Inhaltspezifische Aktionen

Summary of the Project

Strategies of the RU5116


Food security and healthy food for 11 billion people in 2100 is one of the major challenges of this century. According to the scientific literature, there is no other option than to increase the global yield efficiency and reduce the yield gap to guarantee global food security – given that further land increase for agriculture is not an acceptable alternative. To realize these agricultural goals new understanding in the mechanisms of plant diseases/immunity and new technology discoveries in crop protection are required. Hence, it is the major aim of the RU5116 consortium to create a vibrant, dynamic and internationally leading collaborative consortium with the common goal of developing a mechanistic understanding of cross kingdom RNA interference (ckRNAi) between plant hosts and their interacting microbes. Our central hypothesis is that sRNAs (RNA effectors) have an evolutionarily conserved key role in the establishment and development of pathogenic and mutualistic plant-microbe interactions, and therefore have a high potential for crop plant improvement and more sustainable production. 


The overall strategic objectives of our initiative are:

  • to elucidate the principles and components of ckRNAi in host-microbe interactions
  • to enable the development of novel strategies for crop plant protection and yield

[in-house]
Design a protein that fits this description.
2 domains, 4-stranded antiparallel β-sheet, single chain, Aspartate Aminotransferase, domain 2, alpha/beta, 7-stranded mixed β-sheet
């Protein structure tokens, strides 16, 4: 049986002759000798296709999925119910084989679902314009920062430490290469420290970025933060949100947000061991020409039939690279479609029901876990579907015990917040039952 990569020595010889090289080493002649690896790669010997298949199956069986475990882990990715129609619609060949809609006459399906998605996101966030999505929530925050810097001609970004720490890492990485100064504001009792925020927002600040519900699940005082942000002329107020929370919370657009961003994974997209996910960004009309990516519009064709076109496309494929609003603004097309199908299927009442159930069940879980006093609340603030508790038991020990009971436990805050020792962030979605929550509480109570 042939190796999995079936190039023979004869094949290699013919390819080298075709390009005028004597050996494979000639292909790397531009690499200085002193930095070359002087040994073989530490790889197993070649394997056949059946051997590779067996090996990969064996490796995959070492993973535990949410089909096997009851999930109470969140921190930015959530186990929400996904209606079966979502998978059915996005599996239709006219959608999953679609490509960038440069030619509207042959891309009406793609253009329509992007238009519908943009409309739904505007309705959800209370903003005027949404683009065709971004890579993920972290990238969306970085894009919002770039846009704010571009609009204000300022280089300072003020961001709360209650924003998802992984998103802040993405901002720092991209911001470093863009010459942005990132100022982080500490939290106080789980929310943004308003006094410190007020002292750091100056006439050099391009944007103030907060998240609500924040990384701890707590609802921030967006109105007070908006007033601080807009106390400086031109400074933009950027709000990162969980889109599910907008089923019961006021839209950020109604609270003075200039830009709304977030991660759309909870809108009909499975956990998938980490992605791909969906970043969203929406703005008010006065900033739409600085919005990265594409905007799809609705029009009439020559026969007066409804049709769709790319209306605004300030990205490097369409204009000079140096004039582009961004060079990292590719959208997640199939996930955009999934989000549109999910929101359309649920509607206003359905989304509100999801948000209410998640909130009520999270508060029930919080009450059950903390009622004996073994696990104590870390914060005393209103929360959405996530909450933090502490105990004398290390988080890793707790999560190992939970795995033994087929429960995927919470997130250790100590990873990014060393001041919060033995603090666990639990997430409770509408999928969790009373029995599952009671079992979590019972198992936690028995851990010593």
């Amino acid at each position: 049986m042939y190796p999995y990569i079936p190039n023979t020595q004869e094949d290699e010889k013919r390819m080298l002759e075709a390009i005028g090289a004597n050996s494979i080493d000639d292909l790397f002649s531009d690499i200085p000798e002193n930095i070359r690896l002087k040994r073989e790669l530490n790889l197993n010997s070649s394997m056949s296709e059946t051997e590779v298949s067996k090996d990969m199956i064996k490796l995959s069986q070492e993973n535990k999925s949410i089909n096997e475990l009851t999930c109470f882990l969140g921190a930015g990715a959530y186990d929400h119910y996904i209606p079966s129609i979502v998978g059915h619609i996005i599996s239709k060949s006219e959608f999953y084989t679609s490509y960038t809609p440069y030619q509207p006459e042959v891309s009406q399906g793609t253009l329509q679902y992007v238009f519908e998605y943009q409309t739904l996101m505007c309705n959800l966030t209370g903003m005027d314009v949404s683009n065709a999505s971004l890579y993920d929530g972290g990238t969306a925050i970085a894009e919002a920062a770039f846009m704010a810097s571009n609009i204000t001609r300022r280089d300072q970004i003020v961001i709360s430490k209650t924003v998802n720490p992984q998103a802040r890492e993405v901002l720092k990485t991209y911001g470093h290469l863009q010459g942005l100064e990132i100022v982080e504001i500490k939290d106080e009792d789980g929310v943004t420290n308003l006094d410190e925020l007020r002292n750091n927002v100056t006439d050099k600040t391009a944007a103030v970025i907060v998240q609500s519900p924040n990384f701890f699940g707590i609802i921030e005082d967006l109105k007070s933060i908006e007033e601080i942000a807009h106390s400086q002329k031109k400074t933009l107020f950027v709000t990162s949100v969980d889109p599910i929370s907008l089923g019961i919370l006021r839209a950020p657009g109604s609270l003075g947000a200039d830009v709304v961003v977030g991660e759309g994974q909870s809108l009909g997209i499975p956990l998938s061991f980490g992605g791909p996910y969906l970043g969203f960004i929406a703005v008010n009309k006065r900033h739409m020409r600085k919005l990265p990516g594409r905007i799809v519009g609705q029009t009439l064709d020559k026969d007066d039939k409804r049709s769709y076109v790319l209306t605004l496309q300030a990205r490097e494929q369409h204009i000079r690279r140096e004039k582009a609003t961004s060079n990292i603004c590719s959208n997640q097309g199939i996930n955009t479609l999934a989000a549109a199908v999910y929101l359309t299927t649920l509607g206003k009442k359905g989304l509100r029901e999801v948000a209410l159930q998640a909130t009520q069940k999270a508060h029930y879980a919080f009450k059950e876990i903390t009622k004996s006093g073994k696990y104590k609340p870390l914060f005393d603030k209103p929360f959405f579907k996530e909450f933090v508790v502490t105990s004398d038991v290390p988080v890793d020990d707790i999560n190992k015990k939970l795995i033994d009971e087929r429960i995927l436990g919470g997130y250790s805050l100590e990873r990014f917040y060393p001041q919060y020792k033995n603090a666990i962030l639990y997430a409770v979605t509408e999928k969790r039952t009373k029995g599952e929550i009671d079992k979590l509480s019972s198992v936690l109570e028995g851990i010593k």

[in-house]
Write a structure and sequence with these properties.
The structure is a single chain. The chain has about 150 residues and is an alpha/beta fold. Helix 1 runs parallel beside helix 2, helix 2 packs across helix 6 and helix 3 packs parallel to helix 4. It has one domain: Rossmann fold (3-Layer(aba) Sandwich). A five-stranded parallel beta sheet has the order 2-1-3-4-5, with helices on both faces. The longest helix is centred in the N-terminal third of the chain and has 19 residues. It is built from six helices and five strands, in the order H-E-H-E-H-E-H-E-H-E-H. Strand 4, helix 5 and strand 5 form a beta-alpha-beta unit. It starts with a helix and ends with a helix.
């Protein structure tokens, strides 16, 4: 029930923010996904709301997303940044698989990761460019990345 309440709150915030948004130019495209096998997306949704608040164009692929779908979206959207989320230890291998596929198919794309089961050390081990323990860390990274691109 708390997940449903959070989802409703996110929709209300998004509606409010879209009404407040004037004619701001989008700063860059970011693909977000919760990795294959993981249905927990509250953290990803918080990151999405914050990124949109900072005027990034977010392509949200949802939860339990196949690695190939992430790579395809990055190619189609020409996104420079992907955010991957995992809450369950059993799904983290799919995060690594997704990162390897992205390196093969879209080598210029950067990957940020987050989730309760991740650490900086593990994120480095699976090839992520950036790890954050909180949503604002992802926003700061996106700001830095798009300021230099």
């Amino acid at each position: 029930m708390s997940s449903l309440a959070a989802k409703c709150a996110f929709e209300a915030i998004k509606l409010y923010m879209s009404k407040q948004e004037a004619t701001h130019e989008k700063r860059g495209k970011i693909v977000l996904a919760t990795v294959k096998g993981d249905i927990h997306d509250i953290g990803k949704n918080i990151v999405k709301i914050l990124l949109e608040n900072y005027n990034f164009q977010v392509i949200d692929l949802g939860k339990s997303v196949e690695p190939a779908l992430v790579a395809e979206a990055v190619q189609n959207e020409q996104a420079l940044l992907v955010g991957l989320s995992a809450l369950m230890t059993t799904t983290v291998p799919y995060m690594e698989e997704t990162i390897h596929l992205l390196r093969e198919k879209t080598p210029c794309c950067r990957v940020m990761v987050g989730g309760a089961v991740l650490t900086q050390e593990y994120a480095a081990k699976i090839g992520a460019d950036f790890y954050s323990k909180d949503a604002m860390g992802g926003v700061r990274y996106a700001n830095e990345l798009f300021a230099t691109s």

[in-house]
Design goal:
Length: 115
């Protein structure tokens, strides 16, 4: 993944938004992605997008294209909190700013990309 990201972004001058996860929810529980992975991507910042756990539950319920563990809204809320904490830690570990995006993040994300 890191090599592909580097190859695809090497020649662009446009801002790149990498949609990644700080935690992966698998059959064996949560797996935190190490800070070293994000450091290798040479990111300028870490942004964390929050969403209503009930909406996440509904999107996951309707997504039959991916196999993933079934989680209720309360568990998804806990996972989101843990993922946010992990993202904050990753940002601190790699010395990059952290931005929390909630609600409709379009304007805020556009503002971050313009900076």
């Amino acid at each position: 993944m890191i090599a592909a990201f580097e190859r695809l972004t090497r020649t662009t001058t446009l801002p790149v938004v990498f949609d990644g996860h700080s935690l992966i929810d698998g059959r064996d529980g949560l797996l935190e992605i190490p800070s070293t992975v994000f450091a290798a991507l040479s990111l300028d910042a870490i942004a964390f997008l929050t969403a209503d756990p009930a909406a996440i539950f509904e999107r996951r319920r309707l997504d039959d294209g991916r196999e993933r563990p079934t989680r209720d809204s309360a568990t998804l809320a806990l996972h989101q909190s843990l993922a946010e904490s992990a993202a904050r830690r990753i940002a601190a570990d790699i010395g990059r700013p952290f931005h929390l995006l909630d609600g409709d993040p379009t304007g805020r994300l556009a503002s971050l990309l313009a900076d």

• to build research capacity in RNA biology together with training the next generation of students in this important research area.

Our specific scientific aims are:

  • to comparatively reveal the mechanistic role of sRNAs in ckRNAi and their delivery pathways in a variety of agronomically relevant plant-microbe interactions,
  • to comparatively assess the molecular factors required for cross-kingdom transfer of RNAs along the routes between the plant and the microbe in these interactions
  • to develop strategies for improving the use of sRNA and dsRNA in controlling plant diseases.


Our consortium unites experts with advanced knowledge and key publications in the field of noncoding RNAs, RNA transport, RNA-protein interaction, ckRNAi, vesicle biology, and RNA-based plant protection. Past and recent breakthrough findings in plant ckRNAi were initialized to a great part by knowledge from animal research, including the discovery of RNAi and the functional role of EV-mediated RNA transfer from parasites to mammalian cells. Both knowledge and methods established in the mammalian system will greatly boost our research on plant-microbe interactions.

Key characteristics of our consortium are the collaborative work on genetically tractable crops (barley, maize, rapeseed, tomato, tobacco, olive) along with genetic models Brachypodium distachyon (Bd) and Arabidopsis thaliana (Ath). The biological systems were selected by the following criteria: (a) PI’s long-term expertise on the host-microbe system, (b) ideally genetic tractability of both interaction partners, (c) agronomic significance, and (d) broad representation of microbial life styles, to compare biotrophic and necrotrophic pathogens as well as beneficial fungi. Based on these tools we will answer whether plant sRNA candidates operate on a broad spectrum of fungi (life-style dependent vs. independent), including potential trade-offs on interactions with beneficial microbes. Mutualistic symbioses and beneficial microbes are a key factor in agriculture and especially in plant production. Hence, elucidating the molecular mechanisms of mutualism in host-microbe interaction and beneficial microbes is essential for more sustainable plant production. We believe that this selection strategy is a fundamental requirement for the agronomic approach of our research program.